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Man of the House by Chris Erskine

Say what you will -- they've still got game

June 26, 2003|Chris Erskine

"WE SHOULD have a coaches' game," says Bob one day, not so long ago. "Want to have a coaches' game?"

This is the sort of ambivalent demand-request you hear a lot of in the suburbs, people feeling strongly about something but not wanting to take too much of a stand.

"Sure, let's play," someone says with a shrug.

And so the coaches' game is born, our reward for all the hours spent teaching the dropped-third-strike rule and other nuances of the game to a bunch of girls who'd rather be home instant-mailing Matt or Trevor or some other little punk who doesn't necessarily have the girls' best interests at heart.

Not like us. We'll spend hours teaching them the dropped-third-strike rule. It's like teaching physics to circus clowns.

Scene 1, first practice:

"You gotta run on that," Coach Bill says.

"Why?"

"Because it's a dropped third strike," Bill explains.

From the very beginning, our young team struggled with the dropped-third-strike rule, one of sport's freakier provisions.

According to the rule, if a batter strikes out but the catcher drops the ball, it's just as if the batter hit the ball. She can run to first base and remain there, provided she beats the catcher's throw.

Two years ago, the little girl found a loophole. When pitchers threw a wild pitch to her with the count at two strikes, the little girl would swing at the wild pitch, 5 feet wide of the plate. She'd make it to first base almost every time as the ball caromed around the backstop.

"What happened?" the parents would ask.

"Dropped third strike," we'd explain.

What the little girl had done was the sort of manipulation of law that gets governors indicted. But under the dropped-third-strike rule, it was perfectly legal.

"I hate the dropped-third-strike rule," I tell Coach Lorraine at this first practice.

"Why's that?"

"I just do," I say.

Scene 42, Game 16:

We are in the playoffs now, and I'm pretty certain the umpire is either drunk or an impostor brought in as a gag by one of my friends or enemies, who are often hard to tell apart.

"Ball 4!" he snorts, sending another opposing batter to the charity ball that has become first base.

Frustrated, our pitcher is about ready to faint. My assistant coach is homicidal. Sunscreen is melting off my forehead and poisoning my eyes. Other than that, everything is fine.

"Are we losing, Coach?" a player asks.

"Four runs," I say.

"Wow, four runs," she says.

Over in the stands, I notice what looks like a wedding reception. There are trays of food laid out across the bleachers. Pitchers of refreshments. Napkins.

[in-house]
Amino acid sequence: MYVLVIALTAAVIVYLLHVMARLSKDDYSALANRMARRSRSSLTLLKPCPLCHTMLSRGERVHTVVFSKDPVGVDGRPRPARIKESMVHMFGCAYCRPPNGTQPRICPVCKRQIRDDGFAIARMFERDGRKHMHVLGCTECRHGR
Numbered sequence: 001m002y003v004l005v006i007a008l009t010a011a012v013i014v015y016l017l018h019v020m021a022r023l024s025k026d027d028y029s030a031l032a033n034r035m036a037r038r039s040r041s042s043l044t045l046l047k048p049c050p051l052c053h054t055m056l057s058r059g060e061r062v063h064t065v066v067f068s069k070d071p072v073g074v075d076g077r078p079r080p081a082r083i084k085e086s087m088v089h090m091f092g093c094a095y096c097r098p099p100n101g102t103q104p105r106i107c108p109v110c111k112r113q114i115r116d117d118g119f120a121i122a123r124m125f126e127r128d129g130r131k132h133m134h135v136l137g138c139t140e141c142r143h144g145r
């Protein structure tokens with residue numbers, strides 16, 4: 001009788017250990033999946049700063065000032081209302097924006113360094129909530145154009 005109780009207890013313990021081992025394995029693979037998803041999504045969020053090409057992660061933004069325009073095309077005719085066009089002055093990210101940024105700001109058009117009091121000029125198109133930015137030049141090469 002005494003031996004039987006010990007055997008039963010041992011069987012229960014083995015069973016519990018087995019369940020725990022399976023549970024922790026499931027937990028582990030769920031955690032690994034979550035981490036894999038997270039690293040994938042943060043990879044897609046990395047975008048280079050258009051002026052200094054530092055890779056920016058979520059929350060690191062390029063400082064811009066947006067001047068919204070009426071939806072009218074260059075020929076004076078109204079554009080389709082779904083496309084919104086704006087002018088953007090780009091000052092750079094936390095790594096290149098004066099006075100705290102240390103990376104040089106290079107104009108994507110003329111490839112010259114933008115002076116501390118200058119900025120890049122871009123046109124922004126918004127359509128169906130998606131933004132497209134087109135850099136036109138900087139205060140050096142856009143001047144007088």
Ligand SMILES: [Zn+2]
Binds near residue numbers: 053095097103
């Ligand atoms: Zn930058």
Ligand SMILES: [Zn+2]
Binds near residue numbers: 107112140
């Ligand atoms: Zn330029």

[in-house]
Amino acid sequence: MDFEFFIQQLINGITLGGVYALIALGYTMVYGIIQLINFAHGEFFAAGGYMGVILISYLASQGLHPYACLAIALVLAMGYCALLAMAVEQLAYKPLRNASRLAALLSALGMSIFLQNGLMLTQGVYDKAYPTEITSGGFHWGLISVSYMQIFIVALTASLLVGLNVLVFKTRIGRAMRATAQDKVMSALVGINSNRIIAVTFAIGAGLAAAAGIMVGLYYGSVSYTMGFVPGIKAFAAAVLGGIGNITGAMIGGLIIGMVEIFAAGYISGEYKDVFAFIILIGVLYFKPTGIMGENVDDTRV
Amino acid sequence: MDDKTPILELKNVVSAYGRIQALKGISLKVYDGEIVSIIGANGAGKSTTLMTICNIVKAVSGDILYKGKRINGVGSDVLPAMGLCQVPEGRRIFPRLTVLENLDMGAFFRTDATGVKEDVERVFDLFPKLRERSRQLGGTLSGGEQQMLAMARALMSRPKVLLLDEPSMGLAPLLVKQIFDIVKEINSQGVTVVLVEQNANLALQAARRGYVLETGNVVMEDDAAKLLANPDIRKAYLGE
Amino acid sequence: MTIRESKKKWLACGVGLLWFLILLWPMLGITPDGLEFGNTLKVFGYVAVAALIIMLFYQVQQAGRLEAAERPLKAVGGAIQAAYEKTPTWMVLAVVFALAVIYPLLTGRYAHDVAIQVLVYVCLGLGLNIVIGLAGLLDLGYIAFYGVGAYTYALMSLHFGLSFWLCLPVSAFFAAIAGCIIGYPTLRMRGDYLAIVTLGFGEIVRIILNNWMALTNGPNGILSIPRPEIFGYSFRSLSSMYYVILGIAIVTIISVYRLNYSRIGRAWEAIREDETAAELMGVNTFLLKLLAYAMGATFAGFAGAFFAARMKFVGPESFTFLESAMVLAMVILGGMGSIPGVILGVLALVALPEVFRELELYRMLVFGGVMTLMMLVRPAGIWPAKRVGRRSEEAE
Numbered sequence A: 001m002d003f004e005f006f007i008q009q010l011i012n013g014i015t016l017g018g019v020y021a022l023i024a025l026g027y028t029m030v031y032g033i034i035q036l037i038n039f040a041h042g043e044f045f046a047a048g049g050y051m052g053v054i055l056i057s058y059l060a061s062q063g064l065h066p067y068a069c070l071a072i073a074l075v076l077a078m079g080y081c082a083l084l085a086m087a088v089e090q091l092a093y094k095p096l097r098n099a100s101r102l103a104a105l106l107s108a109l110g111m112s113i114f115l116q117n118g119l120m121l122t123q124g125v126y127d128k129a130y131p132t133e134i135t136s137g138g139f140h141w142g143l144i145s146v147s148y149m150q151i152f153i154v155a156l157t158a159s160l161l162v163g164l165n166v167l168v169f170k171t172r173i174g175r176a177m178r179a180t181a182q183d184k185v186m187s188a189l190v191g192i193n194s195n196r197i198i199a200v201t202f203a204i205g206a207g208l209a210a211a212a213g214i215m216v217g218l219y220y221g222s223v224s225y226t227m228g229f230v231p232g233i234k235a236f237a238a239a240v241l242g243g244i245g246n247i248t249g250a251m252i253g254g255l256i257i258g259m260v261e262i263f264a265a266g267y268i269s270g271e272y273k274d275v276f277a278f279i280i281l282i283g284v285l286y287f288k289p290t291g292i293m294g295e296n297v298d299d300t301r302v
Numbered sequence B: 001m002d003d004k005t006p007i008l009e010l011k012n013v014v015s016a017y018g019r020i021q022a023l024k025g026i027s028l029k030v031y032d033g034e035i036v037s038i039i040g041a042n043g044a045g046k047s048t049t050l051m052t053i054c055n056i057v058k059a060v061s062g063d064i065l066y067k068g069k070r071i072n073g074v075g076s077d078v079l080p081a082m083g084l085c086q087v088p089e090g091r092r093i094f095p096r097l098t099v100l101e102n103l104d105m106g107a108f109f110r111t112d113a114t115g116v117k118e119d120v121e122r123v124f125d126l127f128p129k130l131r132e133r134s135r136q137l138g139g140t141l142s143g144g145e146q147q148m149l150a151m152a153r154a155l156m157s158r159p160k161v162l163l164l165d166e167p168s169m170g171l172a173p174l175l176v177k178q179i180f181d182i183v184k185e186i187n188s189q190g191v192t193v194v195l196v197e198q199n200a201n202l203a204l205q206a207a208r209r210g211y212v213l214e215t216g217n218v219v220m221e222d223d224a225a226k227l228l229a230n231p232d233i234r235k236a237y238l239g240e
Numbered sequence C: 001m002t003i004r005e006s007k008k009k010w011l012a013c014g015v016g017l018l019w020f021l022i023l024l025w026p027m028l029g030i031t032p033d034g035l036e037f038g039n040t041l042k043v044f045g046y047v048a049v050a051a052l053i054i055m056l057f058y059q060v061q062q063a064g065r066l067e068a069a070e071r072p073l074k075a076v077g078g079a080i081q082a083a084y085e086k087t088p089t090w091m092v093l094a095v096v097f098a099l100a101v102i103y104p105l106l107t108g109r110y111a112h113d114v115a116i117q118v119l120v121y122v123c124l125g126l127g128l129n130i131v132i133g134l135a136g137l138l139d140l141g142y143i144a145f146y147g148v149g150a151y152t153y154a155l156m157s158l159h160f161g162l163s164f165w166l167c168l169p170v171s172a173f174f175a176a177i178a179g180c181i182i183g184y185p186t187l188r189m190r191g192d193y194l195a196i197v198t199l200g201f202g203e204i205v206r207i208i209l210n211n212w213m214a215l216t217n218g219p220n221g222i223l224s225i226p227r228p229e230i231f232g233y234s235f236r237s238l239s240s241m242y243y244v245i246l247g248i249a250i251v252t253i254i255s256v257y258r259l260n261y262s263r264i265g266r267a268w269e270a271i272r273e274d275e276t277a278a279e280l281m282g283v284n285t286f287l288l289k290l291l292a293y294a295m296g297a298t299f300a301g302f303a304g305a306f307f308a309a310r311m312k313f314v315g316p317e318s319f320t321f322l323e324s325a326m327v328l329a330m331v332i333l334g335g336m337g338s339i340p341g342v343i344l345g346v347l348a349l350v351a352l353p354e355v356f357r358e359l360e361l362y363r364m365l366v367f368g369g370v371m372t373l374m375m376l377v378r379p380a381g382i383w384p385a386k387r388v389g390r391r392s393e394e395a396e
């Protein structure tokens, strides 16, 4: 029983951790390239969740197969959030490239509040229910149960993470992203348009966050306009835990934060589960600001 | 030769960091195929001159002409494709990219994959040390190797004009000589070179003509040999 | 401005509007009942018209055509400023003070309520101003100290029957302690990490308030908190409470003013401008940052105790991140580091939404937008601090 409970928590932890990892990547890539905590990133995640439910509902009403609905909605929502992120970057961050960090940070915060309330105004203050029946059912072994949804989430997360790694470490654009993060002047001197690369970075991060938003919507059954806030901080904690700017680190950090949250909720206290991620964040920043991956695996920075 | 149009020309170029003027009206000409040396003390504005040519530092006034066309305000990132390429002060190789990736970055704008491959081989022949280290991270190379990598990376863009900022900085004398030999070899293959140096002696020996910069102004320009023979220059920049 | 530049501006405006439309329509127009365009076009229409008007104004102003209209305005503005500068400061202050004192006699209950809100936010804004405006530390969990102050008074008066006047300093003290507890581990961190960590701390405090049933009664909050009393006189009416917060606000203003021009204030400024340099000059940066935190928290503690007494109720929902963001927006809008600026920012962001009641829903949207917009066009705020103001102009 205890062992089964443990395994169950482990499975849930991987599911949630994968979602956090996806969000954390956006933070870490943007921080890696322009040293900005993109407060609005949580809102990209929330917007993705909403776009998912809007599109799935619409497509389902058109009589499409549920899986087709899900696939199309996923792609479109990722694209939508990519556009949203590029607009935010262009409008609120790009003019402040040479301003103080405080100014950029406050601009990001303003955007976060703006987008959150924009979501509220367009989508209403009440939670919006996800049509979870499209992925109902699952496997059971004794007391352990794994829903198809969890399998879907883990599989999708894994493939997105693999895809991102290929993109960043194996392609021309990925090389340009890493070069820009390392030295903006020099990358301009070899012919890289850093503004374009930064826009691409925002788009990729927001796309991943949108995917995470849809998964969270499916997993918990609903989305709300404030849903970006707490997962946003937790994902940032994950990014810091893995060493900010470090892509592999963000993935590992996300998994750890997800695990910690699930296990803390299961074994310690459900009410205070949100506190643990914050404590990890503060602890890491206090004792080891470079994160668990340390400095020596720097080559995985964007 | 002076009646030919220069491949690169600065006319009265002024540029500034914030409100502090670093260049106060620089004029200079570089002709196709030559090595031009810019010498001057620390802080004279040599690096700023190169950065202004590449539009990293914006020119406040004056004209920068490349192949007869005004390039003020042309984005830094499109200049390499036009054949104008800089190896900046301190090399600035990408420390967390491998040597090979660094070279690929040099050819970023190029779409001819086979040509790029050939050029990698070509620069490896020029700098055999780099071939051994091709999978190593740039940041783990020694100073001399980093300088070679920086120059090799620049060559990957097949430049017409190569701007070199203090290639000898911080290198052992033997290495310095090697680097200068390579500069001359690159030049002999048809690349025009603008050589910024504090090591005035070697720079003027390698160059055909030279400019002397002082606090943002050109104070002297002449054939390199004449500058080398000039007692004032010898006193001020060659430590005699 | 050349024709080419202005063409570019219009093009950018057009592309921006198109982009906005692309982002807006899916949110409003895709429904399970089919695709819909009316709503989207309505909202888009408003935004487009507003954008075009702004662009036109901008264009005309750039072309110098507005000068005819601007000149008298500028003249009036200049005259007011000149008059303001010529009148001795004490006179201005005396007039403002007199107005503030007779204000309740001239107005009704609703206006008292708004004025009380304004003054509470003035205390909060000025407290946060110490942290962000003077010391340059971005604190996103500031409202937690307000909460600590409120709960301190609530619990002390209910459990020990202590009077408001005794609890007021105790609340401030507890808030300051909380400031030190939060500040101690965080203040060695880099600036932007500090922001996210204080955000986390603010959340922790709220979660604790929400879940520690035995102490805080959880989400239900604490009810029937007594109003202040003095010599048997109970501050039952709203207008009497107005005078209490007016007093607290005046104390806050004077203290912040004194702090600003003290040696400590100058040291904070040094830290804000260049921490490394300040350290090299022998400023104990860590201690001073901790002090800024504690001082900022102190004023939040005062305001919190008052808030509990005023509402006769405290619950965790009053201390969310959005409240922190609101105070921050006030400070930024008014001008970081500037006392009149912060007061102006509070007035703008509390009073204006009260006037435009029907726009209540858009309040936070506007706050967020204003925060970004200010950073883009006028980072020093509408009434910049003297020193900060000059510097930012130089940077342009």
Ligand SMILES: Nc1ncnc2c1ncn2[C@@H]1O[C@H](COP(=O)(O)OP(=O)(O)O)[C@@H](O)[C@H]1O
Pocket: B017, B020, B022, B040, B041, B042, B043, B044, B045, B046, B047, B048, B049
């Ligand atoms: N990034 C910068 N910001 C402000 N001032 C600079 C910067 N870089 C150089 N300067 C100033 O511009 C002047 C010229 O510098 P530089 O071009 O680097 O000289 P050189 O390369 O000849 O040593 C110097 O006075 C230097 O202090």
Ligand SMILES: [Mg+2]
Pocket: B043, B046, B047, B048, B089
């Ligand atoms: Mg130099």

What the parents have done is turned our game into a buffet-happy hour, complete with veggie tray and three kinds of dip. A giant luxury box, that's what it is. I've got Lucifer calling balls and strikes behind the plate, and the team owners are over there dipping strawberries in champagne.

"Tuscany's nice," I hear someone say. "You should go in the fall."

In the dugout, meanwhile, the players have begun one of their incessant cheers. Softball players don't talk, they just cheer -- in unison, at frequencies best heard by show poodles.

"Meghan, we miss you, come home, come home," they sing to the runner on third. "Meghan, we miss you, come home, come home."

Next thing I know, my head explodes.

Final scene, the coaches' game:

So it's come down to this -- the coaches' game, our end-of-the-year celebration of us, masters of no domain.

"Come on, Mike, get us going," someone barks.

Mike fouls off a dozen pitches, then laces one to left, where some lawyer who works for Disney awaits, probably trying to figure out "points" for Tim Allen's next movie. Base hit.

"Way to go, Mike!" someone shouts.

Craig hits. Then Fred hits. Brian hits, then stumbles out of the box like a madman chasing chickens.

"You're bleeding," someone says when he hobbles to the dugout.

"So?" says Brian.

Somewhere, a front porch is peeling. A dog needs washing. A leaky faucet drips.

Somewhere, wives wonder where we are and whether it's too soon to dial an attorney.

"Nice swing, Steve," someone shouts to our second baseman, father of three, fugitive from weekend chores.

"Come on, Daddy," yells his daughter, "you can do it."

Somewhere can wait.

Chris Erskine can be reached at chris.erskine@latimes.com.

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